Hey y’all! Today I have another free pattern for men. I’m sharing a men’s t-shirt pattern.
I know I’ve mentioned before that my husband is a football coach – which means that he tends to hang out more in t-shirts than anything else, even at work. It’s one of the perks of the job – which in the midst of football season I have to make a point to remember. As in, “Even though we only get to see Dad for 5 minutes on Friday nights, at least I don’t have to dry clean suits.”
And even when he’s not coaching at his job, he seems to end up coaching with our kids – like at soccer practice with Bean. Though most of the time I’d just as soon buy him a t-shirt, once in a while it’s nice to sew one too. So I did, and now I’m sharing.
This pattern is a size medium, which fits chest sizes up to about 38″ with some ease, and up to 40-41″ for men who like fitted t-shirts. If you need to make the pattern bigger or smaller, check out this post.
To make your own, you’ll need:
- The pattern. This pattern is a newsletter subscriber exclusive. If you already subscribe to the weekly (not daily) newsletter, you got your pattern this morning – check your email. If you’re not a subscriber you can fix that by subscribing here. After subscribing, you’ll get a confirmation email. After you click the link in that email to confirm, you’ll get another email with links to all my free patterns.
(PS – if you have trouble finding either your confirmation email or the email with the pattern link, try checking your spam, trash, junk, bulk, social and/or promotional email tabs or folders. Free pattern links are also included in every weekly newsletter; these go out on Friday afternoons. Due to the number of subscribers I can’t email pattern links to individuals.)
- About 1 yard of 60″ wide knit fabric for the shirt and 1/8 yard of rib knit for the neckband
- A sewing machine that will do a zig-zag stitch. Note: You DON’T need a serger to do this. I sewed t-shirts for years using my 1950s Singer 503 and a zig-zag stitch. Now that I have a serger I prefer it, but again, you don’t have to have one.
The shirt pattern has one piece for the front, back and V neckline variations. Cut your front and back pieces out with the appropriate neckline variation for the t-shirt you want to sew. Below I have instructions for a regular crew neckline, for instructions on a V neckline see this post.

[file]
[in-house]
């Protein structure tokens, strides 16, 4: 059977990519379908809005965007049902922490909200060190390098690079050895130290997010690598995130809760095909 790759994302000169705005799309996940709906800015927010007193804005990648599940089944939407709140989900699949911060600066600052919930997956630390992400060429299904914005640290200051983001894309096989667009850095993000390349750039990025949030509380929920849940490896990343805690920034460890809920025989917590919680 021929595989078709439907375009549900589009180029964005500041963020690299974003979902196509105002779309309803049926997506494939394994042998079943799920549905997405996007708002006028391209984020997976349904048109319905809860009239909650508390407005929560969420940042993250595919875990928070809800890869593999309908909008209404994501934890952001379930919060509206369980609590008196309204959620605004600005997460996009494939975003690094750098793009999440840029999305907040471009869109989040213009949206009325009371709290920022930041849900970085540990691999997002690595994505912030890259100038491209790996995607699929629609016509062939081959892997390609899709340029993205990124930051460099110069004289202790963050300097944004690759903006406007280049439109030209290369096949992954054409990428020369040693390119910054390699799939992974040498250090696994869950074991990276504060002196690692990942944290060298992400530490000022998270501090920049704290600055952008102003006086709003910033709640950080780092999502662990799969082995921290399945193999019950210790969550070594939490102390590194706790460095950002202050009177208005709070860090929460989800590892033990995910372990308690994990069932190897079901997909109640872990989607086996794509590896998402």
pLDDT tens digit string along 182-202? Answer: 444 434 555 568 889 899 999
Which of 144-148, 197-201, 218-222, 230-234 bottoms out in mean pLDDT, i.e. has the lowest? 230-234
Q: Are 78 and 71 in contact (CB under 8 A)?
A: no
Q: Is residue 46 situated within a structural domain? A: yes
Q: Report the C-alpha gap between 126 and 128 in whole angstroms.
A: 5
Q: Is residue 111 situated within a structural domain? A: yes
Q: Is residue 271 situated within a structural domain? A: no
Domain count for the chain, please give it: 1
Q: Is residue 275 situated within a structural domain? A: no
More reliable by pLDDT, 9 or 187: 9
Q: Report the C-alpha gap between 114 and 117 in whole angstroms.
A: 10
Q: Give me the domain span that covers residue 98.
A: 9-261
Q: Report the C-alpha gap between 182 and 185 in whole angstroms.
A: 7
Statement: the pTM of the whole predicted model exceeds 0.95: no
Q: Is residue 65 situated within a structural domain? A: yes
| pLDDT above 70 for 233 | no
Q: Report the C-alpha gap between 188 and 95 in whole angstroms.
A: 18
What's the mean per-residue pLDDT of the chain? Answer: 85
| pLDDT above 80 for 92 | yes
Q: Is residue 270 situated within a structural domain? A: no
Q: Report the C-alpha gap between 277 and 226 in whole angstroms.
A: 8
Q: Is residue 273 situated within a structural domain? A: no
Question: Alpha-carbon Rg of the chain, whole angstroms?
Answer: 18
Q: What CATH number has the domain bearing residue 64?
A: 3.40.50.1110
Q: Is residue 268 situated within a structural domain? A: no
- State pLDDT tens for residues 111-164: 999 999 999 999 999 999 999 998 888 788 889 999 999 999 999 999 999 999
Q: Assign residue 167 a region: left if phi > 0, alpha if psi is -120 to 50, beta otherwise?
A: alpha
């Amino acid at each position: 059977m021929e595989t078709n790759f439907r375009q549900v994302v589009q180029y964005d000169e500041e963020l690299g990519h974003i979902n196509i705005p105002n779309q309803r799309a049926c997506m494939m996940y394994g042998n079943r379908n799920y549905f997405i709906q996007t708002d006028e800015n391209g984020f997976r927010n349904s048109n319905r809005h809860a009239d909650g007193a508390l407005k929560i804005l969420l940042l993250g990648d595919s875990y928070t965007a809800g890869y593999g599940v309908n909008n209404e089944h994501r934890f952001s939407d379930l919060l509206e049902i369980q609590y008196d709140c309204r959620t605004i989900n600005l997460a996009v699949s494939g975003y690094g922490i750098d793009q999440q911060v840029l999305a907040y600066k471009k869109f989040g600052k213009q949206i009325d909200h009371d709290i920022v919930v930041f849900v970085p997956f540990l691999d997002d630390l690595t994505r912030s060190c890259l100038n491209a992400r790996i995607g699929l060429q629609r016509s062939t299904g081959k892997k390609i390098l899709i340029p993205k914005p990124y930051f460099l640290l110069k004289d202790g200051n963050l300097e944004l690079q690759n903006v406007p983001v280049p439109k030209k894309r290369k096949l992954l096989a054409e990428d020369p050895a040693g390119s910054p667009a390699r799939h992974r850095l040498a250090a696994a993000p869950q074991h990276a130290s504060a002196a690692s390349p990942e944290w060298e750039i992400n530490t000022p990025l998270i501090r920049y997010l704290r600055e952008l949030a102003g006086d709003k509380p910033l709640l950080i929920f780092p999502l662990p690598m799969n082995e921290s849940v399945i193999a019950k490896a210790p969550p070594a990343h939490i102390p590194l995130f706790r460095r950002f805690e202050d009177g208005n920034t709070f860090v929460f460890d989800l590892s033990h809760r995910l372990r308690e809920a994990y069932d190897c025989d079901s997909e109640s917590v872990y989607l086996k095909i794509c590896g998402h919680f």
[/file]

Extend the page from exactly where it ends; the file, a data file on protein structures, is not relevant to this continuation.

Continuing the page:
To make a basic t-shirt, start with a front, back, two sleeves and a neckband.
Place the front and the back right sides together and sew one shoulder.
Open up the shirt and pin the neckband in, stretching it from shoulder to shoulder. Be careful not to stretch the t-shirt, just the neckband. Stitch it in.
Sew the other shoulder and neckband together in one seam, making sure to match the neckline seam and to press the neckline seam allowance up.
Pin in the sleeves by placing them right sides together on the shirt. Line up the top center of the sleeve with the shoulder seam, then pin the ends of the sleeve to the end of the armhole, then ease the rest of the sleeve into place. Stitch.
Fold the shirt right sides together and sew the underarm seam and the side seam in one (red line).
Fold the neckband to the inside of the shirt, covering the neckband seam, and pin. Use a zig-zag stitch on the right side of the neckline to stitch in place.
If desired, hem the sleeve edges and bottom edge – though you don’t have to – knits don’t ravel. I prefer to hem with a twin needle; you can find more about that here.
If you want to make a shirt for your little man, I have a free one in this post for children sizes 2-4.
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